The president wants a very large increase in the debt ceiling—he and his team have demanded either no limit at all, or a five-year increase, which means at least a few trillion dollars. His obvious goal is to punt the issue past the 2014 midterm election. Yet if he has to ask Congress for a new increase every few months, the spending problem his administration has exacerbated in his first term will dominate the policy agenda—when he wants to work on other issues.Republicans should let them have it, good and hard;
He can have a long-term debt-limit increase if he agrees to cut spending, or he can have repeated, short-term increases without spending cuts. If the president continues to dodge the country's long-term spending problem, the solution is to force him to ask Congress every few months to give him the authority to borrow more while facing questions about why he refuses to restrain spending.And, the Republicans will only have to provide about 20 of the votes in the House to make it happen. The President will have to get House Democrats to provide the bulk the 'yes' votes.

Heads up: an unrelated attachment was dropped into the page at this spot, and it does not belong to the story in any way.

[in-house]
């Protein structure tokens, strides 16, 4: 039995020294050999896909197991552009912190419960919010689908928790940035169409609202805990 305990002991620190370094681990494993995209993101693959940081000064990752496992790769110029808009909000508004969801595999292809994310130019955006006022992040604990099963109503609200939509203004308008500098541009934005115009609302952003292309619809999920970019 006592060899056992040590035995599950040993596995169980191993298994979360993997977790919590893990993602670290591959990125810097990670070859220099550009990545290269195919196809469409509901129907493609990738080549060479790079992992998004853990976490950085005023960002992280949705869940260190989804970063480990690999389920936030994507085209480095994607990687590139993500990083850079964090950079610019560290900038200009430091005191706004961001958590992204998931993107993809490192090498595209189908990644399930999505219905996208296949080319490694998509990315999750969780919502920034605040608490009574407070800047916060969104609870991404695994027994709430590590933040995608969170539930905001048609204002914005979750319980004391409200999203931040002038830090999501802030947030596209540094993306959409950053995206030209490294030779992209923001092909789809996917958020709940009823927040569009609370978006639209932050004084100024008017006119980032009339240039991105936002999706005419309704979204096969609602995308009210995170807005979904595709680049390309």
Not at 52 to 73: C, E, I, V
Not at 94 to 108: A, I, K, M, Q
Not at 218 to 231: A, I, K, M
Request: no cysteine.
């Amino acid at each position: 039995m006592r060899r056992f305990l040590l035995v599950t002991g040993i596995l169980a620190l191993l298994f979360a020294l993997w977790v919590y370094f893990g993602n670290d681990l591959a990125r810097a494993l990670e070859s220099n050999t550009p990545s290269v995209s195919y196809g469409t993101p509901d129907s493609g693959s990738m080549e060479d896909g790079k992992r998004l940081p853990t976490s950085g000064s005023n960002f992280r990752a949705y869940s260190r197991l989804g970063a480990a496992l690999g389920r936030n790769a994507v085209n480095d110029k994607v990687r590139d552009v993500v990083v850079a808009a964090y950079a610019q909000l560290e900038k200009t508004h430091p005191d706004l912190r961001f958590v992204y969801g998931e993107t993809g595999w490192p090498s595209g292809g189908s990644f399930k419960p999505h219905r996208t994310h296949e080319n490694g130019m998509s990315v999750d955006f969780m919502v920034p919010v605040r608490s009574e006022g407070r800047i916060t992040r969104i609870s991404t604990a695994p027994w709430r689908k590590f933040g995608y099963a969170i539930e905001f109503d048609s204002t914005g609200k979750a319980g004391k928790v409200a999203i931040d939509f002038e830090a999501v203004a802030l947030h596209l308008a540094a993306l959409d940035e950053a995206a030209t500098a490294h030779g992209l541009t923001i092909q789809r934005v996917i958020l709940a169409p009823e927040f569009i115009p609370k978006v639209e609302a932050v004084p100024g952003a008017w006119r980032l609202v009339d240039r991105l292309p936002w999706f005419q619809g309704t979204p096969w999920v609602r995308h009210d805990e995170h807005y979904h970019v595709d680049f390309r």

It's hard to overstate how much members of Congress in both parties hate to vote for a debt-limit increase, and how entitled to ducking the vote House Democrats feel because they're in the minority. The point of this strategy is to force Democrats to take responsibility for more borrowing without spending cuts, over and over again.Sir Humphrey Appleby would smile.